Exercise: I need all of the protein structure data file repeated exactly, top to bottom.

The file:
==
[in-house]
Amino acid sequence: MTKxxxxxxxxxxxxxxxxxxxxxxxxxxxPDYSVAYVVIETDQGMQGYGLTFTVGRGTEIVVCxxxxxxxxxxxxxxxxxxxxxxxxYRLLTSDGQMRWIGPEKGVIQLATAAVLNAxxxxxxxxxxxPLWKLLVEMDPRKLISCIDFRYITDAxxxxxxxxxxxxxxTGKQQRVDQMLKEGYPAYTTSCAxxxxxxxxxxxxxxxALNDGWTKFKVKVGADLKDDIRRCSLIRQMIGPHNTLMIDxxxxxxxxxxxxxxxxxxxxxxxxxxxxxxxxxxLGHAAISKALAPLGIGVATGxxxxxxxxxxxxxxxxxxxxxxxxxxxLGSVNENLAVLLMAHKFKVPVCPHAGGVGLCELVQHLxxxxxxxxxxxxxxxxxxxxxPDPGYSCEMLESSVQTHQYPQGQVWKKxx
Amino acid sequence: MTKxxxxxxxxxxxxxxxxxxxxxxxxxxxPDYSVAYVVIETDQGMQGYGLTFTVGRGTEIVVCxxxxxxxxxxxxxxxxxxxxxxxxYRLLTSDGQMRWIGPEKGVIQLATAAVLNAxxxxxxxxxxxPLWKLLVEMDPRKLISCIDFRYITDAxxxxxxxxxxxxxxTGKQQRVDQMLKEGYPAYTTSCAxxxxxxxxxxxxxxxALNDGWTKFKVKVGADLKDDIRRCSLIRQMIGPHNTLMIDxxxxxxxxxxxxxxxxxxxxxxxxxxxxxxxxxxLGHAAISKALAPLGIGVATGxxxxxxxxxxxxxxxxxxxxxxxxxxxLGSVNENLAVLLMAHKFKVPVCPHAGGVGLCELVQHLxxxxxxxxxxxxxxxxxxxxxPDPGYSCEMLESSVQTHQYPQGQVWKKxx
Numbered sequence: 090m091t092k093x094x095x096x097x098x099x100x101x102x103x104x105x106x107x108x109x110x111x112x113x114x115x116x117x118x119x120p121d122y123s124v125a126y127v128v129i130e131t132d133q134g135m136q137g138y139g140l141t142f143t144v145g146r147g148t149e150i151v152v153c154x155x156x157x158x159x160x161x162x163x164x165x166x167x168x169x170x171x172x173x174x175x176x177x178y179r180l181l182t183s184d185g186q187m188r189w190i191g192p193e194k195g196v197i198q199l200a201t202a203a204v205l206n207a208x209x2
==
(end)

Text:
[in-house]
Amino acid sequence: MTKxxxxxxxxxxxxxxxxxxxxxxxxxxxPDYSVAYVVIETDQGMQGYGLTFTVGRGTEIVVCxxxxxxxxxxxxxxxxxxxxxxxxYRLLTSDGQMRWIGPEKGVIQLATAAVLNAxxxxxxxxxxxPLWKLLVEMDPRKLISCIDFRYITDAxxxxxxxxxxxxxxTGKQQRVDQMLKEGYPAYTTSCAxxxxxxxxxxxxxxxALNDGWTKFKVKVGADLKDDIRRCSLIRQMIGPHNTLMIDxxxxxxxxxxxxxxxxxxxxxxxxxxxxxxxxxxLGHAAISKALAPLGIGVATGxxxxxxxxxxxxxxxxxxxxxxxxxxxLGSVNENLAVLLMAHKFKVPVCPHAGGVGLCELVQHLxxxxxxxxxxxxxxxxxxxxxPDPGYSCEMLESSVQTHQYPQGQVWKKxx
Amino acid sequence: MTKxxxxxxxxxxxxxxxxxxxxxxxxxxxPDYSVAYVVIETDQGMQGYGLTFTVGRGTEIVVCxxxxxxxxxxxxxxxxxxxxxxxxYRLLTSDGQMRWIGPEKGVIQLATAAVLNAxxxxxxxxxxxPLWKLLVEMDPRKLISCIDFRYITDAxxxxxxxxxxxxxxTGKQQRVDQMLKEGYPAYTTSCAxxxxxxxxxxxxxxxALNDGWTKFKVKVGADLKDDIRRCSLIRQMIGPHNTLMIDxxxxxxxxxxxxxxxxxxxxxxxxxxxxxxxxxxLGHAAISKALAPLGIGVATGxxxxxxxxxxxxxxxxxxxxxxxxxxxLGSVNENLAVLLMAHKFKVPVCPHAGGVGLCELVQHLxxxxxxxxxxxxxxxxxxxxxPDPGYSCEMLESSVQTHQYPQGQVWKKxx
Numbered sequence: 090m091t092k093x094x095x096x097x098x099x100x101x102x103x104x105x106x107x108x109x110x111x112x113x114x115x116x117x118x119x120p121d122y123s124v125a126y127v128v129i130e131t132d133q134g135m136q137g138y139g140l141t142f143t144v145g146r147g148t149e150i151v152v153c154x155x156x157x158x159x160x161x162x163x164x165x166x167x168x169x170x171x172x173x174x175x176x177x178y179r180l181l182t183s184d185g186q187m188r189w190i191g192p193e194k195g196v197i198q199l200a201t202a203a204v205l206n207a208x209x2